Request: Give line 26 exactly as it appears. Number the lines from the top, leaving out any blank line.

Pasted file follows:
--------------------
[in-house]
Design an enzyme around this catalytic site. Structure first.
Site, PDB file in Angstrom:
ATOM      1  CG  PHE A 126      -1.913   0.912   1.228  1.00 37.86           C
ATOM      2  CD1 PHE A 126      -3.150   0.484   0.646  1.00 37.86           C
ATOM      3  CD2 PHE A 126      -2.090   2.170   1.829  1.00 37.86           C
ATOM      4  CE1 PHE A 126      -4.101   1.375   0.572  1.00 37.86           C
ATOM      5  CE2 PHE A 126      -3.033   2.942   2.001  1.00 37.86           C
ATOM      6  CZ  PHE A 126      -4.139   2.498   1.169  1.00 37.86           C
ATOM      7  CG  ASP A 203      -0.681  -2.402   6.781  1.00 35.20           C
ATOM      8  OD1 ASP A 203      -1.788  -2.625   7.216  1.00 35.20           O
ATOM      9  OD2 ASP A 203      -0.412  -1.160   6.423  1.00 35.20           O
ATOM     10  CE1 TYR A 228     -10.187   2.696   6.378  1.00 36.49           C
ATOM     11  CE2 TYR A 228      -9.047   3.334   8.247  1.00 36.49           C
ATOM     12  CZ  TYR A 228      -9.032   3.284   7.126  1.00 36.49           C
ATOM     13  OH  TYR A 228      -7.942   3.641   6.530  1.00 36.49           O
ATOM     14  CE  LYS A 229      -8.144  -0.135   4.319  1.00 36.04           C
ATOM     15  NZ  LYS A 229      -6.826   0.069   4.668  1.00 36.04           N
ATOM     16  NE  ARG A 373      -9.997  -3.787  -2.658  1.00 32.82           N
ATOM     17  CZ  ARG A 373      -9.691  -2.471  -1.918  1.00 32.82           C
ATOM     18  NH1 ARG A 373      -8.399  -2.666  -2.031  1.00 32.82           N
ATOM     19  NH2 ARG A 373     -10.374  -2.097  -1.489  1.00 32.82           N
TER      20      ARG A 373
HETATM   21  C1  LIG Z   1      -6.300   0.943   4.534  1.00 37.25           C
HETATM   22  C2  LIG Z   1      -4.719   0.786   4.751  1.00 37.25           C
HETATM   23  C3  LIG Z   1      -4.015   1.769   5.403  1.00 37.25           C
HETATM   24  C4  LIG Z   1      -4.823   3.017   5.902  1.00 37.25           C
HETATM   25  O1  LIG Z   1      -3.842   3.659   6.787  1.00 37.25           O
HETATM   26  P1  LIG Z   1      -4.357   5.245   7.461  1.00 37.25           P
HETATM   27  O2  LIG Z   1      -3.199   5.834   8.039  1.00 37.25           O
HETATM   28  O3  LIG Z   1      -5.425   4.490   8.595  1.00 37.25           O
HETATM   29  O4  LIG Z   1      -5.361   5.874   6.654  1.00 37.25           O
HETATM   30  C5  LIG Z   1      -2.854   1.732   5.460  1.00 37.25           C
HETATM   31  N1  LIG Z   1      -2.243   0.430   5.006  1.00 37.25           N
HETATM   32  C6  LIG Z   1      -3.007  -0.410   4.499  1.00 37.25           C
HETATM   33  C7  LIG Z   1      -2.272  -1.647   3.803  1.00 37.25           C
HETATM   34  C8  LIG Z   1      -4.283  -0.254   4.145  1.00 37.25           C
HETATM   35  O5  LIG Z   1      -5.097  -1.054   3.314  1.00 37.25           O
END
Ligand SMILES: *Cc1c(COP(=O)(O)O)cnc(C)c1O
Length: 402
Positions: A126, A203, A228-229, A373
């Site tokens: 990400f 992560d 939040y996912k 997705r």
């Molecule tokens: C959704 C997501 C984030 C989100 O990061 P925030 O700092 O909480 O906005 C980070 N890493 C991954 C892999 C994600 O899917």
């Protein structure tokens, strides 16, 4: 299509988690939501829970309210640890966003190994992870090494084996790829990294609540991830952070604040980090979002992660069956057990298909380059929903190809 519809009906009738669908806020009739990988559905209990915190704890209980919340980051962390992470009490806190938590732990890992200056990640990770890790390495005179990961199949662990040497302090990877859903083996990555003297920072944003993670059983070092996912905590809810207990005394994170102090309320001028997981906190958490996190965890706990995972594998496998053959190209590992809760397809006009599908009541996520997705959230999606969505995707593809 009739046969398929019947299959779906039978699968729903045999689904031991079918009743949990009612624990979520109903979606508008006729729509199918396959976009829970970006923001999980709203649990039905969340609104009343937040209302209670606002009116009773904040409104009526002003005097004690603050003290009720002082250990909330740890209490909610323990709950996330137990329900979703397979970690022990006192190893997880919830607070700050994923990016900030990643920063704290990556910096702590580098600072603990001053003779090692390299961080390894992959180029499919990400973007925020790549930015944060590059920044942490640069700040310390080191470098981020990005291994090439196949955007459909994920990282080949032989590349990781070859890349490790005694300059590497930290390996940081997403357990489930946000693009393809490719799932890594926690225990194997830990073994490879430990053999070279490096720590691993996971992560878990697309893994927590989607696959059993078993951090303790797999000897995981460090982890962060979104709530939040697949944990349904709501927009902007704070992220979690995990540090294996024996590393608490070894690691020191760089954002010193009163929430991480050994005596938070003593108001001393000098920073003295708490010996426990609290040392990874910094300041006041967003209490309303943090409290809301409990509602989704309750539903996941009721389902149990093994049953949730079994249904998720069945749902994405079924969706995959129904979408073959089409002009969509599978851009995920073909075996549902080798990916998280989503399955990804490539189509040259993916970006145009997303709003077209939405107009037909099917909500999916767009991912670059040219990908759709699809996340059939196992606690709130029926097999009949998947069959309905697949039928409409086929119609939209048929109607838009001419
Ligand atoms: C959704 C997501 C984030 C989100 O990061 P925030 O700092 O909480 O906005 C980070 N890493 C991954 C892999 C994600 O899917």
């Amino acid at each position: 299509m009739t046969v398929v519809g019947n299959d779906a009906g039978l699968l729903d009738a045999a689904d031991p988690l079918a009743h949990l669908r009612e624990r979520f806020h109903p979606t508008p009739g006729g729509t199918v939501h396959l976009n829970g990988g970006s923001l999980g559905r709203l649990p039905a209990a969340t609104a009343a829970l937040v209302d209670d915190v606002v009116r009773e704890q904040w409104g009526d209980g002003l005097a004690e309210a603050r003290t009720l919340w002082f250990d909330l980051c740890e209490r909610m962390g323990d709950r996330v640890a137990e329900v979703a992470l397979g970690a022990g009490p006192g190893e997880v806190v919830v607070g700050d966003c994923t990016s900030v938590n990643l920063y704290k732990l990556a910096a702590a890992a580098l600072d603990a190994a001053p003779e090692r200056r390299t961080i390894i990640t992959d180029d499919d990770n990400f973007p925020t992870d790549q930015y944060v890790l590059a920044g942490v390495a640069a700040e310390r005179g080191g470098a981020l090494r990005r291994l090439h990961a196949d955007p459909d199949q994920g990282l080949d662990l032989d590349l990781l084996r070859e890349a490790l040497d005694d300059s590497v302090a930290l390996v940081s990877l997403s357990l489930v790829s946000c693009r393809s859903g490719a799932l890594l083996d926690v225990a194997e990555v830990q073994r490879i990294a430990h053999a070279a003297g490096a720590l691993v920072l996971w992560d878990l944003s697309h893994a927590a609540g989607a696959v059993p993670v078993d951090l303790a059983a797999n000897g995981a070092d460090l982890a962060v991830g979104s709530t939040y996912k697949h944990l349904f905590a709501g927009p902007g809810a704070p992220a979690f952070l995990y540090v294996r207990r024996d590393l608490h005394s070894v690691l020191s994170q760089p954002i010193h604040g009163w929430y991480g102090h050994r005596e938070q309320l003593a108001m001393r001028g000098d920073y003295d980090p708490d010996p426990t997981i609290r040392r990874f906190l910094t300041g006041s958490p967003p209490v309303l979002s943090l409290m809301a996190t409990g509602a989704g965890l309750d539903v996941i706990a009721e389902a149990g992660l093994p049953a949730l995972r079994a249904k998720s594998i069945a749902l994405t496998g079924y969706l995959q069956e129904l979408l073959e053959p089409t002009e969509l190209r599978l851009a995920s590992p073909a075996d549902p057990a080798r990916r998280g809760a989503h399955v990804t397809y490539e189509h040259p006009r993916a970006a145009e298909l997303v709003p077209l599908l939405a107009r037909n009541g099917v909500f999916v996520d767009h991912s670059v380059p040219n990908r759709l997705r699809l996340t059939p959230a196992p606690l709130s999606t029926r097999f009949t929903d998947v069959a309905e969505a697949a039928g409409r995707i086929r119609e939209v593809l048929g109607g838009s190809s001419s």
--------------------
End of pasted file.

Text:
HETATM   23  C3  LIG Z   1      -4.015   1.769   5.403  1.00 37.25           C